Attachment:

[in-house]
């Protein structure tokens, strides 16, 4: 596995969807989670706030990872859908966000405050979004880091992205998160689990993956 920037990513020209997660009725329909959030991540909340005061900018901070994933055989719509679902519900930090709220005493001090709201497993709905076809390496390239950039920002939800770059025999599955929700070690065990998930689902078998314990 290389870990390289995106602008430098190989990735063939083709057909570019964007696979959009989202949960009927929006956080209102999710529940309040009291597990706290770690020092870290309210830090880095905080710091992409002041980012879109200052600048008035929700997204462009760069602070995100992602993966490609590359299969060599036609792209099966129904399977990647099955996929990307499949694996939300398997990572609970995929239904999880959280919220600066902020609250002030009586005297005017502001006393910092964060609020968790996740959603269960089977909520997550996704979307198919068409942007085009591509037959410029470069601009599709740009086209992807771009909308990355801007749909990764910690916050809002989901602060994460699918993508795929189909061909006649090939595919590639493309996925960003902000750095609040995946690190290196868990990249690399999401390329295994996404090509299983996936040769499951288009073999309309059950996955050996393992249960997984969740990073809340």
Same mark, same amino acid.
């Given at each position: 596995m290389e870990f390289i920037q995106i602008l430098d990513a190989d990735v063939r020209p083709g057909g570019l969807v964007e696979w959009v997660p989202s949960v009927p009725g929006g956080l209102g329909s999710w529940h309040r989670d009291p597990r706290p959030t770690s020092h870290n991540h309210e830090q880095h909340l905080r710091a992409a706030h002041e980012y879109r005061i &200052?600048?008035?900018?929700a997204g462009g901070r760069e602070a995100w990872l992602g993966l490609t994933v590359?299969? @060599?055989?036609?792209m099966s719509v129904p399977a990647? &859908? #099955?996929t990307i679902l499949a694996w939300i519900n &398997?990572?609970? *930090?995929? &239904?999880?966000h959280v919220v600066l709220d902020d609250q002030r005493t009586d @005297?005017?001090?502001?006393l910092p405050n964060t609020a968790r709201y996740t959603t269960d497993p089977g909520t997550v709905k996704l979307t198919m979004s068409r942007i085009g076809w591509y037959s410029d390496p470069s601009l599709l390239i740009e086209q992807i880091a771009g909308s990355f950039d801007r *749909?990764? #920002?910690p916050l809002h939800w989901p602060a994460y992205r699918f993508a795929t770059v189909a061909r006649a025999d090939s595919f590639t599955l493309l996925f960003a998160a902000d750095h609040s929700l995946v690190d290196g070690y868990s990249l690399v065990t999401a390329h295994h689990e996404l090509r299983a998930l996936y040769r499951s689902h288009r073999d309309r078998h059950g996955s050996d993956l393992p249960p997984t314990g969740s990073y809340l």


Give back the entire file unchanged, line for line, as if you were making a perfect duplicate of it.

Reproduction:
[in-house]
């Protein structure tokens, strides 16, 4: 596995969807989670706030990872859908966000405050979004880091992205998160689990993956 920037990513020209997660009725329909959030991540909340005061900018901070994933055989719509679902519900930090709220005493001090709201497993709905076809390496390239950039920002939800770059025999599955929700070690065990998930689902078998314990 290389870990390289995106602008430098190989990735063939083709057909570019964007696979959009989202949960009927929006956080209102999710529940309040009291597990706290770690020092870290309210830090880095905080710091992409002041980012879109200052600048008035929700997204462009760069602070995100992602993966490609590359299969060599036609792209099966129904399977990647099955996929990307499949694996939300398997990572609970995929239904999880959280919220600066902020609250002030009586005297005017502001006393910092964060609020968790996740959603269960089977909520997550996704979307198919068409942007085009591509037959410029470069601009599709740009086209992807771009909308990355801007749909990764910690916050809002989901602060994460699918993508795929189909061909006649090939595919590639493309996925960003902000750095609040995946690190290196868990990249690399999401390329295994996404090509299983996936040769499951288009073999309309059950996955050996393992249960997984969740990073809340």
Same mark, same amino acid.
């Given at each position: 596995m290389e870990f390289i920037q995106i602008l430098d990513a190989d990735v063939r020209p083709g057909g570019l969807v964007e696979w959009v997660p989202s949960v009927p009725g929006g956080l209102g329909s999710w529940h309040r989670d009291p597990r706290p959030t770690s020092h870290n991540h309210e830090q880095h909340l905080r710091a992409a706030h002041e980012y879109r005061i &200052?600048?008035?900018?929700a997204g462009g901070r760069e602070a995100w990872l992602g993966l490609t994933v590359?299969? @060599?055989?036609?792209m099966s719509v129904p399977a990647? &859908? #099955?996929t990307i679902l499949a694996w939300i519900n &398997?990572?609970? *930090?995929? &239904?999880?966000h959280v919220v600066l709220d902020d609250q002030r005493t009586d @005297?005017?001090?502001?006393l910092p405050n964060t609020a968790r709201y996740t959603t269960d497993p089977g909520t997550v709905k996704l979307t198919m979004s068409r942007i085009g076809w591509y037959s410029d390496p470069s601009l599709l390239i740009e086209q992807i880091a771009g909308s990355f950039d801007r *749909?990764? #920002?910690p916050l809002h939800w989901p602060a994460y992205r699918f993508a795929t770059v189909a061909r006649a025999d090939s595919f590639t599955l493309l996925f960003a998160a902000d750095h609040s929700l995946v690190d290196g070690y868990s990249l690399v065990t999401a390329h295994h689990e996404l090509r299983a998930l996936y040769r499951s689902h288009r073999d309309r078998h059950g996955s050996d993956l393992p249960p997984t314990g969740s990073y809340l």